Those interested in contributing to this year’s March Quilt, the theme of which is Environmental Justice: Nature, gathered at Birmingham Museum of Art to create and sew their unique ideas.

At one table was Alena Samal, with her two boys, Peter and Pasha.

Now residents of Shelby County, the Samal family is from Belarus and Dr. Andre Samal practices Internal Medicine at Shelby Baptist Hospital.

Alena Samal brings her boys regularly to the Saturday Art 101 children’s classes at BMOA, and shared that it was her husband’s dream to move to the United States. They followed in the footsteps of Andre’s mother who works at UAB in science research.

The quilting session session on Jan. 27 was led by Viola Ratcliffe and Stephanie Sullivan George.

All participants were guided in the basic simple and fun process of making a 7-inch square quilt block. No sewing experience was necessary; individuals were encouraged to create a design that fell under the umbrella Environmental Justice for Mother Earth.

As with most all Bib & Tucker sewing sessions, ages 9-99 could attend, and indeed this range of ages was represented.

In 2015, Bib & Tucker Sew-Op partnered with the UAB Department of Art & Art History and the Birmingham Museum of Art to commemorate the 50th anniversary of the Selma to Montgomery marches.

Open sewing sessions yielded 461 quilt blocks that were stitched together and made into three quilts. These hung at the Selma Public Library and the Alabama Department of Archives in Montgomery during the anniversary.

Thus The March Quilts, a community art project that sheds light on a new theme of human or civil rights each year, was born.

Lillis Taylor, executive director and co-founder of Bib & Tucker, explains the choice of name. “Bib & Tucker is British slang for a woman’s finest/best clothes. Both bibs and tuckers were items of women’s clothing from the 17th to late 19th century. We wanted to be cheeky when coming up with a name for our organization.”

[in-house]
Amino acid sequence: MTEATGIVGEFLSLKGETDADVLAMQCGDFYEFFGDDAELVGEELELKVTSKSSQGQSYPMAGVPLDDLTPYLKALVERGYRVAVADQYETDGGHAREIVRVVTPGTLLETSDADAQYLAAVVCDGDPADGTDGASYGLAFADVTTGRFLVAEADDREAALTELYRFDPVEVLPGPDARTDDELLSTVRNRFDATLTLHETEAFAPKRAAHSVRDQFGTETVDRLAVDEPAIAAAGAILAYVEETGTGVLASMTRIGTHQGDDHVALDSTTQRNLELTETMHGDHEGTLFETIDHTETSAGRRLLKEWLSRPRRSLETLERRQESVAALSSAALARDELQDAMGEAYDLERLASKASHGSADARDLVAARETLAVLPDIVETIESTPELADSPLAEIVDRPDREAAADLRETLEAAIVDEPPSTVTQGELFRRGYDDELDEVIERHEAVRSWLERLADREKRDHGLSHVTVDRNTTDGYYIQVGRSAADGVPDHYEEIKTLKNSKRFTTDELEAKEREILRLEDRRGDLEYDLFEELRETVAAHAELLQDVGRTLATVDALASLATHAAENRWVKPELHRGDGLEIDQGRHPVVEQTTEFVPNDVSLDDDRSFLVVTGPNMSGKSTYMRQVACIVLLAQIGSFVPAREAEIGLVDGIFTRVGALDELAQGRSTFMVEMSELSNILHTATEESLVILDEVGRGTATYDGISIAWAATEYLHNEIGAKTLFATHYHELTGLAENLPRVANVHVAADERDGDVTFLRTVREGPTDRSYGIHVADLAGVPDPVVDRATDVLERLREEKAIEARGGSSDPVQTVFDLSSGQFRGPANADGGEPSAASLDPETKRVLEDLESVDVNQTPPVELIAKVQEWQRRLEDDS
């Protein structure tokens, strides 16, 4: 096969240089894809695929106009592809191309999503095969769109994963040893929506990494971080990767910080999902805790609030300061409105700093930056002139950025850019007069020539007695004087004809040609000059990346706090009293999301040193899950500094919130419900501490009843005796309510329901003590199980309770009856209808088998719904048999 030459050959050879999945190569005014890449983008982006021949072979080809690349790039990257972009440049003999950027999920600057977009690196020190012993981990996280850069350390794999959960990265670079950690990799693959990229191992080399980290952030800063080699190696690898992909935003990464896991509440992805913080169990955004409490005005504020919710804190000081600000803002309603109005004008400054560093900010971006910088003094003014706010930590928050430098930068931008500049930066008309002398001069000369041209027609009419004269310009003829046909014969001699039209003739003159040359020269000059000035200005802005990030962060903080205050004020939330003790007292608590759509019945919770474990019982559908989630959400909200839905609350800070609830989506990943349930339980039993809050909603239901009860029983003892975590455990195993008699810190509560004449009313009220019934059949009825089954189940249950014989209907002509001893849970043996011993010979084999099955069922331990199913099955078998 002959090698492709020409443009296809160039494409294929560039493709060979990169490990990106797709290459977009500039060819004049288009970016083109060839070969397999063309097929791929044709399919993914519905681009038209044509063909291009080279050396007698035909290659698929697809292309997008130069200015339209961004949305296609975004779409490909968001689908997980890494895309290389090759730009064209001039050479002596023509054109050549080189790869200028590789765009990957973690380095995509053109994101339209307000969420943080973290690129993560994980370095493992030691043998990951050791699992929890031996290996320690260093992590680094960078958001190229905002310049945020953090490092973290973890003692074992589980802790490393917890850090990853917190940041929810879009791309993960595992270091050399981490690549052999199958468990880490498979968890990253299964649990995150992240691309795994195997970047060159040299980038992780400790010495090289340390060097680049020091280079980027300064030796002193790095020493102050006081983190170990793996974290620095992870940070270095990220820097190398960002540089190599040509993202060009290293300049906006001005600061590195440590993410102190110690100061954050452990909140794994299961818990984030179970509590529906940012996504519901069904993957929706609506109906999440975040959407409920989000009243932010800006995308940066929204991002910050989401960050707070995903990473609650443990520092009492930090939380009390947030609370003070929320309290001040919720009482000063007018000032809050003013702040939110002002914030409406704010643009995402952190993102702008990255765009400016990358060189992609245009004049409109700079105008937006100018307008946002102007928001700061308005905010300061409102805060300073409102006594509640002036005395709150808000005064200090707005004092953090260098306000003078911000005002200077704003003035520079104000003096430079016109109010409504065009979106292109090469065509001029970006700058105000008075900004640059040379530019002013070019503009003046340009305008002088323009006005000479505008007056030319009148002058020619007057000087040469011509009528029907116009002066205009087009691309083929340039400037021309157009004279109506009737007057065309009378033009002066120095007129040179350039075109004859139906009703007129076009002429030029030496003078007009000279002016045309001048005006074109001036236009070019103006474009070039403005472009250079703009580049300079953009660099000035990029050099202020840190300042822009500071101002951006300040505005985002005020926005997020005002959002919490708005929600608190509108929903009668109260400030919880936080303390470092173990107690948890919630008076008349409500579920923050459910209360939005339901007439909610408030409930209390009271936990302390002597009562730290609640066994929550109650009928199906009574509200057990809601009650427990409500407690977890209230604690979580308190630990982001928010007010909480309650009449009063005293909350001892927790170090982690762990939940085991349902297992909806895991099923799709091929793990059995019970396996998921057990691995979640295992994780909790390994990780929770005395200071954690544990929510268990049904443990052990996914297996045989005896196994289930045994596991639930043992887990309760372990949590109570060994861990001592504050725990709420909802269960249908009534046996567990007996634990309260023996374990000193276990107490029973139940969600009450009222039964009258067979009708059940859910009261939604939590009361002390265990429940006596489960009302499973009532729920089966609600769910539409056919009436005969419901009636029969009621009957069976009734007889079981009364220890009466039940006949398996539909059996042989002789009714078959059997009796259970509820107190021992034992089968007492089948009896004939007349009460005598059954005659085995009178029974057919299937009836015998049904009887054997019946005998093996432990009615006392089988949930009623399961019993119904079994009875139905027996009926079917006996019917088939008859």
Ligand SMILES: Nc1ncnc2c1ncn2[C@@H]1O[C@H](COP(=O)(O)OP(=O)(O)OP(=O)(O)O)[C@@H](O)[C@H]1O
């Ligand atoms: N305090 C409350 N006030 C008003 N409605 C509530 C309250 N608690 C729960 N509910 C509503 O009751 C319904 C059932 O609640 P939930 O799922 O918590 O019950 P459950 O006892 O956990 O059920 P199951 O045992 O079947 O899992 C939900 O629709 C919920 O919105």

Participants enjoyed camaraderie as they made their squares that were drawn, appliquéd or embroidered. A full range of sewing abilities in images, symbols or words are represented.

Facilitator Viola Ratcliffe joined Bib & Tucker as shop manager in January. As shop manager, she oversees the daily responsibilities of the Sew-Op including planning annual fundraisers, facilitating workshops and weekly sewing sessions, and assisting with community programs.

“I came to Bib & Tucker by way of my love of quilting,” Ratcliffe shares. “Now, I’m not a quilter and only learned how to machine sew this summer; however, I earned both my bachelor’s and master’s degree in art history.

“During that time I studied and wrote about African American quilt artists including Nora Ezell and Harriet Powers. I also wrote my thesis on a quilting collective started by Indianapolis artist LaShawnda Crowe Storm’s The Lynch Quilts Project.”

The Lynch Quilts Project is a community-based effort, which examines the history and ramifications of racial violence in the United States of America through the textile tradition of quilting.

“I appreciate the work Bib & Tucker continues to do in the Woodlawn community,” Ratcliffe adds.

“Our mission to foster sewing activities that promote education, empowerment and economic opportunity are the pillars for every program that we do.”

The Environmental Justice: Nature March Quilt will be permanently displayed at Birmingham Botanical Gardens beginning Earth Day, April 22.

Bib & Tucker is a 501c3 non-profit organization funded through grants and charitable contributions. One dream of the Sew-Op is to facilitate a sewing-based cottage industry that provides income and flexible working conditions for women who head their households.

Bib & Tucker Sew-Op holds weekly meetings every Tuesday from 11 a.m. to 3 p.m.

Visitors are always welcome and drop-ins are encouraged. Other than these scheduled work hours, one can learn more about the Sew-Op, by appointment by sending an email to

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